I have often seen floundering insects that appreciate something to grab hold of before they drown. Sometimes I’ve got it wrong and rescued a beetle or a spider that didn’t want to be rescued. Such creatures will beetle (or spider) their way back into the pond again, so if you’re not sure, leave rescued wildlife nearby. It’s surprising how many invertebrates belong in water and will find their way there.

Have you ever considered that dragonfly and damselfly larvae need escape routes too? When they are ready for that miraculous moment one sunny day when the neck of the monstrous suit of armour splits open and a glorious imago emerges to dry its four wings in the sunshine, each insect needs a strong stem to climb up. Without suitable vertical stems, reeds or rushes to support them, the unfortunate would-be dragonflies die in the water – a very sad end after possibly years of being an ugly bug living in the mud and silt at the bottom. Let them emerge, fly and mate in their full splendour, for the sake of the next generation of dragonflies!

Ponds as larders for wildlife

Ponds may be unpopular with some people because mosquitoes and midges emerge from them, not just the caddis-flies, mayflies, damselflies and dragonflies which don’t bite us. If biting insects put you off from making a pond, remember that not all of them attack us – males and certain non-biting species don’t. More importantly, the long list of mosquito and midge predators should help you change your mind. Removing part of the food chain means removing the other wildlife, too.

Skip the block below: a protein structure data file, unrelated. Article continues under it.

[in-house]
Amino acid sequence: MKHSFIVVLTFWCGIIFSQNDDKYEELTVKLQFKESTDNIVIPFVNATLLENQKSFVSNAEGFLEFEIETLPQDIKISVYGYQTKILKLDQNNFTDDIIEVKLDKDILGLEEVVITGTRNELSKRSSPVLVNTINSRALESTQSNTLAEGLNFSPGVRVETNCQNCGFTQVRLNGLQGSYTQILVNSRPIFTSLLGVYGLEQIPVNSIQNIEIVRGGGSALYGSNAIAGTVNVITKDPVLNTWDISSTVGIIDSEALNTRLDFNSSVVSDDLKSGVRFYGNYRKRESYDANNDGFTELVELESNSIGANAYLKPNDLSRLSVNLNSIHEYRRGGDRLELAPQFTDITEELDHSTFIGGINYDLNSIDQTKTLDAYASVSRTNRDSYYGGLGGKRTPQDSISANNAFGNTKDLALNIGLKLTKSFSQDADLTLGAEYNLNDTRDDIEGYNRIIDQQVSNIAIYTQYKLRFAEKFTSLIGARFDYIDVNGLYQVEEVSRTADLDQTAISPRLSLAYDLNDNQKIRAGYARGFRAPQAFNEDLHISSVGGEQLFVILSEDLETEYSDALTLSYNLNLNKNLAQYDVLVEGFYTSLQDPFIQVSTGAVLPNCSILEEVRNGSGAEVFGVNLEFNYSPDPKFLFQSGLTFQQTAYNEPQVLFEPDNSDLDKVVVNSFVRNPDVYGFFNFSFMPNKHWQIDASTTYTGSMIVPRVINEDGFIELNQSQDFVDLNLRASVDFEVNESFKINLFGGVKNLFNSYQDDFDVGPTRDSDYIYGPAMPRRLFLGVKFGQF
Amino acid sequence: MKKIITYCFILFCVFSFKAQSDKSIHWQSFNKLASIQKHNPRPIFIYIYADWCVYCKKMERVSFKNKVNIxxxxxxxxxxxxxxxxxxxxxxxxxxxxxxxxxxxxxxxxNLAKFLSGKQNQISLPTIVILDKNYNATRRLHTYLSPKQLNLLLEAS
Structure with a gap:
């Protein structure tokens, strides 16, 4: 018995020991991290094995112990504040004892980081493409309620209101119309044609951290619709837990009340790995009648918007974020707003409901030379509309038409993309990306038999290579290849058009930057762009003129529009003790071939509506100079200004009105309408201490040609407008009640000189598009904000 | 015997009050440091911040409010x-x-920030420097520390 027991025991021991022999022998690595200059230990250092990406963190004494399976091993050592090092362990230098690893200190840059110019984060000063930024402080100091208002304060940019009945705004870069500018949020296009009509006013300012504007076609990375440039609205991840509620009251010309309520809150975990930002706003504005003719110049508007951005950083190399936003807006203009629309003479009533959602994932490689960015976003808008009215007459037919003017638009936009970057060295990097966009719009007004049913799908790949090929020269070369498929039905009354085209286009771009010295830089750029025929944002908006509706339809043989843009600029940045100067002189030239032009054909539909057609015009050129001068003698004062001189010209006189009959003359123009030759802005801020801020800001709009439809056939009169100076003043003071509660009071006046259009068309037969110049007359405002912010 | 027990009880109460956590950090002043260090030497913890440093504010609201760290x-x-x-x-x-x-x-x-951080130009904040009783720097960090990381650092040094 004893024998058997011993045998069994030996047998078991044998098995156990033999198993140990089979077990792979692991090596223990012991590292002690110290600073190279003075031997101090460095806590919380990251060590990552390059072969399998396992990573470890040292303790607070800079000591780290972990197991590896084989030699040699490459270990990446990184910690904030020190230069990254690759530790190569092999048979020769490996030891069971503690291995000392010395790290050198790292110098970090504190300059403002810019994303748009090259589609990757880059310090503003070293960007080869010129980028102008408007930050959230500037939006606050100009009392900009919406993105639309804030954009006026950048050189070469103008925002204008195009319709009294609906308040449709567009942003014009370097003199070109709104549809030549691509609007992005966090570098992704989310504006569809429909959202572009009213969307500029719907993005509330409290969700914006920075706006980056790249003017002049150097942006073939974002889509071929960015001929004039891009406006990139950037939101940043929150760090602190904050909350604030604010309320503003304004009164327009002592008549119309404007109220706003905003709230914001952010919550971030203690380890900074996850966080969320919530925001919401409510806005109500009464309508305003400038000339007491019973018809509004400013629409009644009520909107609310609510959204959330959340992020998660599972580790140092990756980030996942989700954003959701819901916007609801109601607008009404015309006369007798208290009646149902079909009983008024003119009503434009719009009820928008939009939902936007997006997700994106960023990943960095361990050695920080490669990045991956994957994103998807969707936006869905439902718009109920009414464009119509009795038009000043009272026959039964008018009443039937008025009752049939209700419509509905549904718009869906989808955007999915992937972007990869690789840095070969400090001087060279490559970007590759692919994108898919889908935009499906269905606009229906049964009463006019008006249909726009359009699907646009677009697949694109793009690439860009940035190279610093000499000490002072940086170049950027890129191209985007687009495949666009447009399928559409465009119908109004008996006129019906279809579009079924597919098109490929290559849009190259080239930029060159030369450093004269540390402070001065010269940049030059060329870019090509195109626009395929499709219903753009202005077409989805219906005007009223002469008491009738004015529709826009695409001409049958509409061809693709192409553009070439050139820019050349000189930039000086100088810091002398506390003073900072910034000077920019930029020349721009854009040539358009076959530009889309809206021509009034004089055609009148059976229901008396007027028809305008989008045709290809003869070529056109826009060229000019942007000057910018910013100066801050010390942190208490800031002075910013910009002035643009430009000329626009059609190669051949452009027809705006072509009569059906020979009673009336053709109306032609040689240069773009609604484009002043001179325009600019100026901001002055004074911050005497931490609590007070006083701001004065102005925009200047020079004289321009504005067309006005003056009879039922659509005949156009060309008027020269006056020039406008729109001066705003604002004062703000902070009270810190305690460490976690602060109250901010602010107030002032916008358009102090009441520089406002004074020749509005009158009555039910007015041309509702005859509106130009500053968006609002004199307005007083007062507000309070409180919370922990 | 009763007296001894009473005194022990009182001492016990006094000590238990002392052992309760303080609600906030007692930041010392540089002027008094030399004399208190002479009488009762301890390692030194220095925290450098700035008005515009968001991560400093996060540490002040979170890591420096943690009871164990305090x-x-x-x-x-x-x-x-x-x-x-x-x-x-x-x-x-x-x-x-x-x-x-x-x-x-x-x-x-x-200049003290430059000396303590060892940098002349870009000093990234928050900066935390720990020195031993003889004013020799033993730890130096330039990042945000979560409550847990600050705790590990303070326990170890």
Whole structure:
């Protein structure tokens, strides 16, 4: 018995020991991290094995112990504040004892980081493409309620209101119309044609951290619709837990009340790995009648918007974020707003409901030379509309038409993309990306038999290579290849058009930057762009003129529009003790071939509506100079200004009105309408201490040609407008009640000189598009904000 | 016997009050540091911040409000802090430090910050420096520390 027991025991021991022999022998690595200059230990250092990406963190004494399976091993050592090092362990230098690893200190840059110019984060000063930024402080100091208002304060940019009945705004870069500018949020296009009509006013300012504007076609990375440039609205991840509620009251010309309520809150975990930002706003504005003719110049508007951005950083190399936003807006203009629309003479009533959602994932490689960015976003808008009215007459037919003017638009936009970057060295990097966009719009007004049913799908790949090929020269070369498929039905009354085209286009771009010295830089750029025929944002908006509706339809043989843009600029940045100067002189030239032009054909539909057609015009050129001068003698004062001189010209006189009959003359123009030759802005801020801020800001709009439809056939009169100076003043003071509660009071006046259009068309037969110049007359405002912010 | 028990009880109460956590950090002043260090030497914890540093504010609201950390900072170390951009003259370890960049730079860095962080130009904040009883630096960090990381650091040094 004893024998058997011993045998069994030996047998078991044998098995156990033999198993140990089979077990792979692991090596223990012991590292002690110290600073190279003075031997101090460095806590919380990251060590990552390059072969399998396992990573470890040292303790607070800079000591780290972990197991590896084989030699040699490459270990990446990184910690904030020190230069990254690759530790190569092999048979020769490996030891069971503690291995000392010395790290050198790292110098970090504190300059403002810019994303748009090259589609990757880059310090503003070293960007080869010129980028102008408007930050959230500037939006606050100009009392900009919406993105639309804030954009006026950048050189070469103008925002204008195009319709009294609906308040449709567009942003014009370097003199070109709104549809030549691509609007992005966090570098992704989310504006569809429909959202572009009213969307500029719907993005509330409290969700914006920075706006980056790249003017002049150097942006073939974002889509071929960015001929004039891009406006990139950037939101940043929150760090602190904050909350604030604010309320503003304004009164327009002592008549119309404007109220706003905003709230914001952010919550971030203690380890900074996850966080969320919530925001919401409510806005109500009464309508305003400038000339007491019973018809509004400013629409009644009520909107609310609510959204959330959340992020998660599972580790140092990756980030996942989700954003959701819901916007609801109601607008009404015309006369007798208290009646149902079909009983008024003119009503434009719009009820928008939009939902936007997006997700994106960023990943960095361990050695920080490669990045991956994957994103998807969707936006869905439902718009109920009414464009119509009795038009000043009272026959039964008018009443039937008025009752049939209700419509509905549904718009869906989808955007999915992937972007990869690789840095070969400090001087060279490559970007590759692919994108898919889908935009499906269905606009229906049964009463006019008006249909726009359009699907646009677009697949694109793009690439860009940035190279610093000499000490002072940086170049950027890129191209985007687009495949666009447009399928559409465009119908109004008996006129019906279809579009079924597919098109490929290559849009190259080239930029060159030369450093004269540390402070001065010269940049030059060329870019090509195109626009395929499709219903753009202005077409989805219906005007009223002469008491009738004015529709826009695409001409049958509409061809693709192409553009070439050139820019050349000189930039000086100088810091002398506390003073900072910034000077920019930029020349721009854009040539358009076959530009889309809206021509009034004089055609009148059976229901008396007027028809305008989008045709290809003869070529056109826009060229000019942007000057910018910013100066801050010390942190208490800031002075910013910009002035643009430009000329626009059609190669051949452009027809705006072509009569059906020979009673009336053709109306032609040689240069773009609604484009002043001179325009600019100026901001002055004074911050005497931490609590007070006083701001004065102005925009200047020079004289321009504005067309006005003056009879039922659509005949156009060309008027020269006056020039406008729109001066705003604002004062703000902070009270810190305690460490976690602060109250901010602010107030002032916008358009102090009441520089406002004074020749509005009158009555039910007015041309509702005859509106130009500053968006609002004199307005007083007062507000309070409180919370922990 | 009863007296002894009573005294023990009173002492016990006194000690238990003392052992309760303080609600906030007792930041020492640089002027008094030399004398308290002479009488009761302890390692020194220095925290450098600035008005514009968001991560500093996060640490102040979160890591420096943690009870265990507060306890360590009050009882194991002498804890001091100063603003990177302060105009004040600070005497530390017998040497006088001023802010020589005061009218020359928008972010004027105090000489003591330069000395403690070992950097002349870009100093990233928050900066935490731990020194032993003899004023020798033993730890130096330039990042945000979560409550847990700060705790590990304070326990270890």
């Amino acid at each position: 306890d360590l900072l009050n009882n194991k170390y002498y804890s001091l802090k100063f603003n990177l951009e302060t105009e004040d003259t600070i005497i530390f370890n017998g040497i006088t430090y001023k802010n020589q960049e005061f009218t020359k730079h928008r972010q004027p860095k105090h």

Top of the predator list are bats, which snatch biting insects from the air – or the surface of the water – at dusk (garden bats may include the tiny but voracious common and soprano pipistrelles, the larger noctule, Daubenton’s bat, which specialises in ponds and rivers (also larger than pipistrelles), and the particularly adorable (to me) brown long-eared bat. All these can eat an extraordinary number of emerging gnats and depend upon an abundance of insects.

The presence of bats is a good indicator of the general health of the local environment. All species are protected and they need our help.

Other predators of biting insects include older tadpoles and adult frogs, toads and newts, adult and larval water beetles of various types, adult and larval dragonflies and damselflies, other predatory flies, water spiders, greater water boatmen, and a host of birds including swallows, house martins, flycatchers, wagtails and tits. Others, such as robins and blackbirds, will eat them too if they can reach from the shallows.

So let’s celebrate our interdependent natural world by including a crucial element in our wildlife gardens – water!